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STUDENT NEWS

Tax Day in the U.S.

Aired April 17, 2012 - 04:00:00   ET

THIS IS A RUSH TRANSCRIPT. THIS COPY MAY NOT BE IN ITS FINAL FORM AND MAY BE UPDATED.


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UNIDENTIFIED FEMALE: Hey, Carl, this is English class from South Korea.

SAM (PH): I am Sam (ph).

DUNONG (PH): I am Dunong (ph).

NISO (PH): I`m Niso (ph).

MIGNON (PH): I`m Mignon (ph), and I`m teaching English to these kids as a volunteer.

DALE (PH): I`m Dale (ph).

HANNAH (PH): I`m Hannah (ph).

UNIDENTIFIED FEMALE: This is --

GROUP: CNN Student News.

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CARL AZUZ, HOST, CNN STUDENT NEWS: An introduction from halfway around the world -- awesome. Thank you to those students and thanks to all of you for spending part of your Tuesday with CNN Student News.

First up, today is the annual April deadline for Americans to file their taxes. All right. You hear about taxes all the time. There are different kinds of them, but they`re all basically fees that governments collect in order to pay for the goods and services that governments provide.

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AZUZ (voice-over): Federal, state, local governments can set different taxes for different things. For example, most of you have probably paid a sales tax. That`s extra money you pay when you buy something. If you have a job and notice that your paycheck is less than you expected, that might be because of what was taken out for income taxes.

The federal government and most states charge a fee on the money people earn. That`s what today`s deadline is all about. Every year, people have to file their income tax returns, which lists what they earned and what taxes they`ve already paid. Normally, that has to be done by April 15th. That was a Sunday this year, so people were given an extra two days.

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AZUZ: You might be wondering what the government uses tax money for or when all this started. That`s part of what Lizzie O`Leary is going to explain in this breakdown.

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LIZZIE O`LEARY, CNN CORRESPONDENT: If you don`t pay your taxes, the IRS will eventually find you. We know a lot of people get hauled into court for their back taxes.

About one-fifth of it goes to defense. About one-fifth goes to Social Security. Another fifth goes to health care, and a little less than that goes to veterans.

We had an income tax during the Civil War. Then it was declared unconstitutional by the Supreme Court in 1895. Then the income tax came back in 1913, and that sets up the modern income tax as we know it today.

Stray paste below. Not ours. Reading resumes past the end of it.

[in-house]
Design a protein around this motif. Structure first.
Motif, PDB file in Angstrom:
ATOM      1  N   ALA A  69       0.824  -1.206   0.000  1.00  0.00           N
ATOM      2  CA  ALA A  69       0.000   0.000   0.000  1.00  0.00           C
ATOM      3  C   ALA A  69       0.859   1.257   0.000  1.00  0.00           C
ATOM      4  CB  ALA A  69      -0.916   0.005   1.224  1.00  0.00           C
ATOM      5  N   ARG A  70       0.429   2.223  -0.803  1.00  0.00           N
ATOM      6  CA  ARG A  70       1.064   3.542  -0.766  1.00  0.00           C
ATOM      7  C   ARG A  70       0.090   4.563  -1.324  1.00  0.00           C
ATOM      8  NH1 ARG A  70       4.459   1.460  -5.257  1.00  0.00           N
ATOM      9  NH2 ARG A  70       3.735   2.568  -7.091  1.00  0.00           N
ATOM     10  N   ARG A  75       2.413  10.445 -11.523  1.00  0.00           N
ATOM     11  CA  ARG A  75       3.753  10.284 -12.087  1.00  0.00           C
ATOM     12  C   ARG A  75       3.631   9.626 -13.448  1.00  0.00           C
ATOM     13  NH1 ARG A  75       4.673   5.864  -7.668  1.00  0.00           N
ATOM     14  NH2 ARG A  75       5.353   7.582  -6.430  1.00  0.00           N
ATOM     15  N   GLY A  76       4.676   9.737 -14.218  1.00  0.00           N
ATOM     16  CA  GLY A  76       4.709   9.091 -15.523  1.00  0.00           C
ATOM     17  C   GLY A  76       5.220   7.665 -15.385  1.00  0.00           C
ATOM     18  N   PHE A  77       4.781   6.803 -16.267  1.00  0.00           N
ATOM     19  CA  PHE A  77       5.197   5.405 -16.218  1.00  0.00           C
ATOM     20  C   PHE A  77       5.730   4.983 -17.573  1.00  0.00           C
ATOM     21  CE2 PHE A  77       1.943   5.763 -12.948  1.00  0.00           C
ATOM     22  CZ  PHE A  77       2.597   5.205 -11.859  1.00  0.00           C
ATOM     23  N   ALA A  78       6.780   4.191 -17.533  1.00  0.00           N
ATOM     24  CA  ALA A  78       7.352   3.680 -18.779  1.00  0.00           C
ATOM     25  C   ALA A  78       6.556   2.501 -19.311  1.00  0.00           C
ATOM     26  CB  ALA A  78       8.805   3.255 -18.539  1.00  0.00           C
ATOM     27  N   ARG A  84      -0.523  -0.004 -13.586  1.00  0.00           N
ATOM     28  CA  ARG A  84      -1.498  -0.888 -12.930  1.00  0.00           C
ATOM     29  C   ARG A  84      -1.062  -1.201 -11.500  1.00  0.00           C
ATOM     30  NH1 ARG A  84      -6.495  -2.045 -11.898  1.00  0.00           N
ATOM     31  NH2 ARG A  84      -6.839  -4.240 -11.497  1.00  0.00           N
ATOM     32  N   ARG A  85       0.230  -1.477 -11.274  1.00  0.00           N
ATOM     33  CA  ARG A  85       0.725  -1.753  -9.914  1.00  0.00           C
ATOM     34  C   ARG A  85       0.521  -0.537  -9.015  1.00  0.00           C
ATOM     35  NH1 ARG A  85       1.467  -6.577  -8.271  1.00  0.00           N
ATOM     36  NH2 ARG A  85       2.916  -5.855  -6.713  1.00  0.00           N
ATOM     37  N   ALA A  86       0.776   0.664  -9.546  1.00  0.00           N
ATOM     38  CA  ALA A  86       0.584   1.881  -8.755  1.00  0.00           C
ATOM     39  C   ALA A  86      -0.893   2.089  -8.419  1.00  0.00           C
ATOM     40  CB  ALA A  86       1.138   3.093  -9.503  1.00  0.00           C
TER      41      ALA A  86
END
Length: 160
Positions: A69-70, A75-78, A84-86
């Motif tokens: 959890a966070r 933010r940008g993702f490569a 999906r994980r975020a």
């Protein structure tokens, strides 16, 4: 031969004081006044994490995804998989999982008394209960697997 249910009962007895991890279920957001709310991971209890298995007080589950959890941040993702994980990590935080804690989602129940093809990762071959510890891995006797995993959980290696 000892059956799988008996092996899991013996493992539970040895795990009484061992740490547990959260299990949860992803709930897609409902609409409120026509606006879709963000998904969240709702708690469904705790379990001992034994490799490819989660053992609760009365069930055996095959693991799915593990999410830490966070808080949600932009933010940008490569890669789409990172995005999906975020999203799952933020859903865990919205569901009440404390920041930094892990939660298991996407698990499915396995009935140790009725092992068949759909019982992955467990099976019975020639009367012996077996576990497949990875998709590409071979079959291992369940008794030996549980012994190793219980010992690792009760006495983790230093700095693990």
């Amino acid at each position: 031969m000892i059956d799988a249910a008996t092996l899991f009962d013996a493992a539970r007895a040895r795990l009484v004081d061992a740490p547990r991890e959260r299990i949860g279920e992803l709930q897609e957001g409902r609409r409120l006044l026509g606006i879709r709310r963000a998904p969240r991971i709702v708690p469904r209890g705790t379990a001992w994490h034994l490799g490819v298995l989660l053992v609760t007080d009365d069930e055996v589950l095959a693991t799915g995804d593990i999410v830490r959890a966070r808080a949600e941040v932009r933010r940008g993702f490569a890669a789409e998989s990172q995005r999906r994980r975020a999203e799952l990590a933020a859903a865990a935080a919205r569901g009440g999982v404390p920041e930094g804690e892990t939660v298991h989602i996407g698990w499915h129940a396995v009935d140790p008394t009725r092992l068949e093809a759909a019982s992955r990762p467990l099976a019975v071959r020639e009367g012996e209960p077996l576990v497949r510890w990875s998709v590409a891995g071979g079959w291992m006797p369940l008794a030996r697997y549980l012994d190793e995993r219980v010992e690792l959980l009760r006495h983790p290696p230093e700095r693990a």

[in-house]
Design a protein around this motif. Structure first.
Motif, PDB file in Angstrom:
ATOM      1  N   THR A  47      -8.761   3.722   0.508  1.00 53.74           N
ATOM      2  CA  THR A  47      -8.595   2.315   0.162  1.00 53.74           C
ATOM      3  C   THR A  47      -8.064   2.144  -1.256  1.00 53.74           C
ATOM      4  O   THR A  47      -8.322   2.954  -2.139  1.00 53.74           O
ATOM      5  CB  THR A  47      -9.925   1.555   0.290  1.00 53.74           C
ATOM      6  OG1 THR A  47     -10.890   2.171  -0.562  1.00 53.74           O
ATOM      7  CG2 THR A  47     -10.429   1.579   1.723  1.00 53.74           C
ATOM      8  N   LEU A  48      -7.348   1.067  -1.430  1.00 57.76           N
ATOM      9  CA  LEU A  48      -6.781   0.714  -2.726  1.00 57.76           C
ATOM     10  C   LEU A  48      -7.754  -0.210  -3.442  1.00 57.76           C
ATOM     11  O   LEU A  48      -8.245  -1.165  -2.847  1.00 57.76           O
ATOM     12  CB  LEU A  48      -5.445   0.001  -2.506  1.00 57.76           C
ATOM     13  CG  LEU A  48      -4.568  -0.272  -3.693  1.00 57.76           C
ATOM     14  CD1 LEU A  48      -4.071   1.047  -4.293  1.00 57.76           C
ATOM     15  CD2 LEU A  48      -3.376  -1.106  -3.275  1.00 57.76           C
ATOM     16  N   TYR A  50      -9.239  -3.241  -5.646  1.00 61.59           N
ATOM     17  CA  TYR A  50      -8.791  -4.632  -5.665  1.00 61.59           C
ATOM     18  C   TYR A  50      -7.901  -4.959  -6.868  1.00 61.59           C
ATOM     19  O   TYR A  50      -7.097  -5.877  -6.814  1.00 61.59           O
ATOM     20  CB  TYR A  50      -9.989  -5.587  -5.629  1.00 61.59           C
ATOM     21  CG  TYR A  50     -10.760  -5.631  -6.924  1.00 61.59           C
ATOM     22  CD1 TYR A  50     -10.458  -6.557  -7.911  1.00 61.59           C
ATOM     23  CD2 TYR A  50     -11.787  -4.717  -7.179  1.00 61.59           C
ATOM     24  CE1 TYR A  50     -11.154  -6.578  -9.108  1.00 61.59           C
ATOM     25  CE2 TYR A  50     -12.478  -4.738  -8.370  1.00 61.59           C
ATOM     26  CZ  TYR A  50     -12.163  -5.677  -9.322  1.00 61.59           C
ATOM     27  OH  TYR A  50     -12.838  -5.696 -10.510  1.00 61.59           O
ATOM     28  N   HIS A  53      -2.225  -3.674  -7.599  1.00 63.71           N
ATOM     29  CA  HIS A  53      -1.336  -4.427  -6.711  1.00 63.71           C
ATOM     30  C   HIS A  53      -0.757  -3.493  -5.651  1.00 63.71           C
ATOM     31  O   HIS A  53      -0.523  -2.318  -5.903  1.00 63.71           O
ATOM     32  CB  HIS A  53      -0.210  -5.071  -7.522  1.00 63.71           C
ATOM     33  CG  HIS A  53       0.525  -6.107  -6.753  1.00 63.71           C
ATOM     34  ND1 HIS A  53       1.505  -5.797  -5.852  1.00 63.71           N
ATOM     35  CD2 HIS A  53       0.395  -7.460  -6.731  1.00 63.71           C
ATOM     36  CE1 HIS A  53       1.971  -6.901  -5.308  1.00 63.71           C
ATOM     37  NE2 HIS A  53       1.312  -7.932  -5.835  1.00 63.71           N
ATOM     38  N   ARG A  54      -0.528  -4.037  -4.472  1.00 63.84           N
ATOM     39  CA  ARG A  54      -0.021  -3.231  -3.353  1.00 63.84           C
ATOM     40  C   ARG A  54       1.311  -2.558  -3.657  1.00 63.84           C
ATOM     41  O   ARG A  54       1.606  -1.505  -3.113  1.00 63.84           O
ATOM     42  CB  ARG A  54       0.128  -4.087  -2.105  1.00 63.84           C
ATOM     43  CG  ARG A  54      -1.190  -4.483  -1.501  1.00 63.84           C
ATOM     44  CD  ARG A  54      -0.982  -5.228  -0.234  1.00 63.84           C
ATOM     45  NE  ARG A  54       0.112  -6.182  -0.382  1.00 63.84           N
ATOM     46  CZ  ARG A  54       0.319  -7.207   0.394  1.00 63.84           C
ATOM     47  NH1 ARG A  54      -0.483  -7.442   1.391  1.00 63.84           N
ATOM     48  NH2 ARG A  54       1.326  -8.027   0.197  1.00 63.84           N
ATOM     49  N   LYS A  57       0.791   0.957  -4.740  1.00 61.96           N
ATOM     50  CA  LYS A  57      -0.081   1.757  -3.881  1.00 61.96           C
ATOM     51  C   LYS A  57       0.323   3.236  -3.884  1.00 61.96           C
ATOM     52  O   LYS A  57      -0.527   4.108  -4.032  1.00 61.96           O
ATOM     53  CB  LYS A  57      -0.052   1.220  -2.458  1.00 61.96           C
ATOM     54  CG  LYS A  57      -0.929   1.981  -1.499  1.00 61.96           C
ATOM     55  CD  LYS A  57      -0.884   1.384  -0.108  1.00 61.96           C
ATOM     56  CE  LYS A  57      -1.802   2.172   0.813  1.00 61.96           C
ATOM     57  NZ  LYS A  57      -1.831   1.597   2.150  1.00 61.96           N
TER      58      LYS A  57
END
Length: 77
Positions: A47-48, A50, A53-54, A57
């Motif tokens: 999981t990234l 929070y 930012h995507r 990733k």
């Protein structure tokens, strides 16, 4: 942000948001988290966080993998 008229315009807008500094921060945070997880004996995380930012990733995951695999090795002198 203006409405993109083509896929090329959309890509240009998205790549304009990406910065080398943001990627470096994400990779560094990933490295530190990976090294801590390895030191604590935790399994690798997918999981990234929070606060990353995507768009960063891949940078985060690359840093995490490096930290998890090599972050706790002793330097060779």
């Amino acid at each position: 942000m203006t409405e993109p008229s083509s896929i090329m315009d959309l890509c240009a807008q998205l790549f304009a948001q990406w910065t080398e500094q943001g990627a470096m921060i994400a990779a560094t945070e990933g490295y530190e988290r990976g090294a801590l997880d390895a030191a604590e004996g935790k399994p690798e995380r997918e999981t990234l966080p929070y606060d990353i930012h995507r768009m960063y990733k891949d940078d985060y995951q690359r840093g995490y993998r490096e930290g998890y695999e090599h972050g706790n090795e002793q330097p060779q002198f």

One of the reasons that historians think we pay in the spring was at one point, taxes were levied, mostly on the rich, and the rich started to get out of town for the summer in the spring. So the government wanted to collect taxes in the spring before rich people skipped town.

We have a very complicated tax structure, and a lot of it has grown up because interest groups have asked for certain things as our tax laws have been rewritten. The last time it got a full rewrite was back in 1986. Ever since then, most lawmakers have been talking about how complicated the tax code is, but no one`s rewritten it.

There are all sorts of battles about the tax code. Some people have proposed flat taxes, a national sales tax, whether the rich should pay more in taxes. Probably the biggest battle is whether tax cuts passed in 2001 and 2003 should expire or be made permanent.

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UNIDENTIFIED FEMALE: Today`s Shoutout goes out to Mr. McConnell`s English class at Robert Louis Stevenson Middle School in Los Angeles, California. Riyadh is the capital of what country? You know what to do. Is it Egypt, Saudi Arabia, Jordan or Oman? You`ve got three seconds, go.

Riyadh is the capital of Saudi Arabia. It`s also the country`s most populated city. That`s your answer, and that`s your Shoutout.

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AZUZ (voice-over): An area around that Middle Eastern capital was plunged into darkness last Friday by a massive sandstorm that hit Saudi Arabia. A CNN iReporter took this video of the storm. You can get a sense for how far it stretches.

The iReporter said he`s never seen a sandstorm this big before. Behind him -- you see it right there -- totally clear, but then there`s this giant cloud rushing forward on the other side. He said when the storm did finally reach where he was, it was a total blackout. He jumped in his car as the sand passed over, and said the vehicle shook for two straight minutes from the power of the storm.

Our next story takes us from Saudi Arabia up to Syria. We reported yesterday on renewed violence in that country after a temporary truce last Thursday. That was the deadline for a cease-fire and a peace plan put together by a United Nations representative.

U.N. observers are in Syria right now. They`re there to monitor the situation, see if a cease-fire can last. Yesterday both sides, government and opposition forces, reported fighting. The opposition said the government was launching attacks on Syrian cities. The government blamed the violence on armed terrorists, a claim it`s made many times.